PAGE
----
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The aircraft carrier U.S.S. Dwight D. Eisenhower steamed eastward at thirty knots through the predawn darkness. Ireland lay a thousand miles off her bow, a Russian fleet only two hundred.
The ship’s commanding officer, Captain Gabriel Harroll, was a small, fiery man of Norwegian stock. An urgent call awakened him. He threw on his uniform, and hurried to the CDC, the Combat Direction Center, Eisenhower’s state-of-the-art war room. It was located in the galley deck, under the flight deck.
Arriving at CDC, Harroll demanded, "Mr. Olson, what’s going on?"
"It sounds like they’re under attack, sir," answered Commander John Olson, the Tactical Action Officer. "I don’t think it’s an exercise."
The lights flickered. A few of the many consoles in the room went down too. Operators and officers muttered four-letter words, as they restarted their equipment. The last thing Harroll needed now was power problems. He then heard something he had hoped to never hear.
"Captain! Probable nuclear event!" announced an operator at a console on the far side of the room. "Due east of us!"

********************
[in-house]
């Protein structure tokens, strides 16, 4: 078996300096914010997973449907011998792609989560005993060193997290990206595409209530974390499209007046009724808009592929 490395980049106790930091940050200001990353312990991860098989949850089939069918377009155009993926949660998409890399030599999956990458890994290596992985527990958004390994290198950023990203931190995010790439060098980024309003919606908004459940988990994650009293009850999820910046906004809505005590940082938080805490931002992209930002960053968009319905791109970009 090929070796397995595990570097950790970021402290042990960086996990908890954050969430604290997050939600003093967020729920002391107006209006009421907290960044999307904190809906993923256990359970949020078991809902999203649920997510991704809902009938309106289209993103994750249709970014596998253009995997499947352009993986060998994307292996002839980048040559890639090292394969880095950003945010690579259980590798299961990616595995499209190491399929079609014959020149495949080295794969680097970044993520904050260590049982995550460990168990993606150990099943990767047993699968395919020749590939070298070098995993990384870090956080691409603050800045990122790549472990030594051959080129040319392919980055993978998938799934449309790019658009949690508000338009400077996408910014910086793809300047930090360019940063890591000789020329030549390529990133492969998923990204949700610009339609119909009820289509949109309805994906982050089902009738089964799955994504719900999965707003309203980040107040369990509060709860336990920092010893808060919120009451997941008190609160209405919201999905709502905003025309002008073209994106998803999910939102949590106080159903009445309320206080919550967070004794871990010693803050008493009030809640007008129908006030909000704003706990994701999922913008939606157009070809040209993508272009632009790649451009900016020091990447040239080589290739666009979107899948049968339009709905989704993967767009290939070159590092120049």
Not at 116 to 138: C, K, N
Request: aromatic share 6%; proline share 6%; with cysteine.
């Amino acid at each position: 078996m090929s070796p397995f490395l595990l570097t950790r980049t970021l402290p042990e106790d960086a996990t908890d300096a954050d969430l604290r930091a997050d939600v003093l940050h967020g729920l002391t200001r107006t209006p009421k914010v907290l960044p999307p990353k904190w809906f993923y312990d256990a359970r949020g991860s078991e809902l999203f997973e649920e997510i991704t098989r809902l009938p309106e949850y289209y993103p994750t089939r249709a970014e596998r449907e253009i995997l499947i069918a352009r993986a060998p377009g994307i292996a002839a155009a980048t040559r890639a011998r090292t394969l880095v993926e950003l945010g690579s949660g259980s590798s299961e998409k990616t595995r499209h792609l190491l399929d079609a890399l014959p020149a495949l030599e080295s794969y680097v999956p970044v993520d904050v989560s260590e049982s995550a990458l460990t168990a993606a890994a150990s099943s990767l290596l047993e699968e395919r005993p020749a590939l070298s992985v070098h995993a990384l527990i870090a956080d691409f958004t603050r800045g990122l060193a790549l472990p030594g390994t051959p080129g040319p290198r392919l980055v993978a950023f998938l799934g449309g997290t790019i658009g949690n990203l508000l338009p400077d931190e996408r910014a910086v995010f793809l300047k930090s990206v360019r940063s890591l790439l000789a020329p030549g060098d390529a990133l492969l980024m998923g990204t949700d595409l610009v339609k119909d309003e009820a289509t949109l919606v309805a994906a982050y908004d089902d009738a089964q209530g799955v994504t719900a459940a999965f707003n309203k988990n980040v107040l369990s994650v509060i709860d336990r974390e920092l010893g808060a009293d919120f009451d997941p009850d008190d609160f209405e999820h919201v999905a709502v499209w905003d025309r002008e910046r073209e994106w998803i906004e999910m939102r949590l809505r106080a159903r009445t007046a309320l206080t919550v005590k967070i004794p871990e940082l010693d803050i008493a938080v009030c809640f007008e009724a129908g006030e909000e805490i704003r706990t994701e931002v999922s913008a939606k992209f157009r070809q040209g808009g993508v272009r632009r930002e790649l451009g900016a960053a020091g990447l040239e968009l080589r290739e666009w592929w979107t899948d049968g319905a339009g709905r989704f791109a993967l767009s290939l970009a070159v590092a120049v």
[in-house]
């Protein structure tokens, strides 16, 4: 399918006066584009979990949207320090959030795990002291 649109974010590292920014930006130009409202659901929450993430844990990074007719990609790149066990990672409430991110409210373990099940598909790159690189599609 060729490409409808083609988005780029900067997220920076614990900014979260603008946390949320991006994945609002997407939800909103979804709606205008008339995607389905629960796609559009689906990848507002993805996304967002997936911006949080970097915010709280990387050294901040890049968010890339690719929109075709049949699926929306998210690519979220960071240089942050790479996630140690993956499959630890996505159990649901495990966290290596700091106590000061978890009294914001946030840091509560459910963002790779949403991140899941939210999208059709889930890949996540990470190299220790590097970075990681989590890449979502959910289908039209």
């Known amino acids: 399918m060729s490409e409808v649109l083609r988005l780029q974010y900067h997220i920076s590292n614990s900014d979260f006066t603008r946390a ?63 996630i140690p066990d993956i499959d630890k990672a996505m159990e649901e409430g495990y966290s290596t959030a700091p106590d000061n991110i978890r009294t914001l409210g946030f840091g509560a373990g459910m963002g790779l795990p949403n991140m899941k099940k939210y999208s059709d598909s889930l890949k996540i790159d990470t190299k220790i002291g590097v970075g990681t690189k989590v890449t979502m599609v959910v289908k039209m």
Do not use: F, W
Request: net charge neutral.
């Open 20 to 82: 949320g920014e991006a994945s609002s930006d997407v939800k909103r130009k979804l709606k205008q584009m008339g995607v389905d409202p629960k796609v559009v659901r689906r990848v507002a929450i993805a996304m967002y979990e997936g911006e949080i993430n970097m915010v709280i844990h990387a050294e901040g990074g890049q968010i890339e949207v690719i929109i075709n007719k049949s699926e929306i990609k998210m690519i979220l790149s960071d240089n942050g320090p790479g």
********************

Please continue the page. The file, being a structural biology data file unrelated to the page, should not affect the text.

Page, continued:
"I want confirmation!" Harroll’s voice was stressed, but never panicked.
Another radio operator responded.
"Hawkeye One confirms a nuclear event fifty miles east of the Russian fleet!" The lights flickered again.
Harroll waited in breathless anticipation.
"Sir," said the radio operator, "another nuke confirmed, forty miles from them this time!"
"Who the hell’s out there?" demanded Harroll. No one could answer him. "Get me a voice line to CINC-Atlantic. Flash priority."
"The satellite link is down, sir."
"Get it up! I’m not cruising into a nuclear war without warning the Pentagon."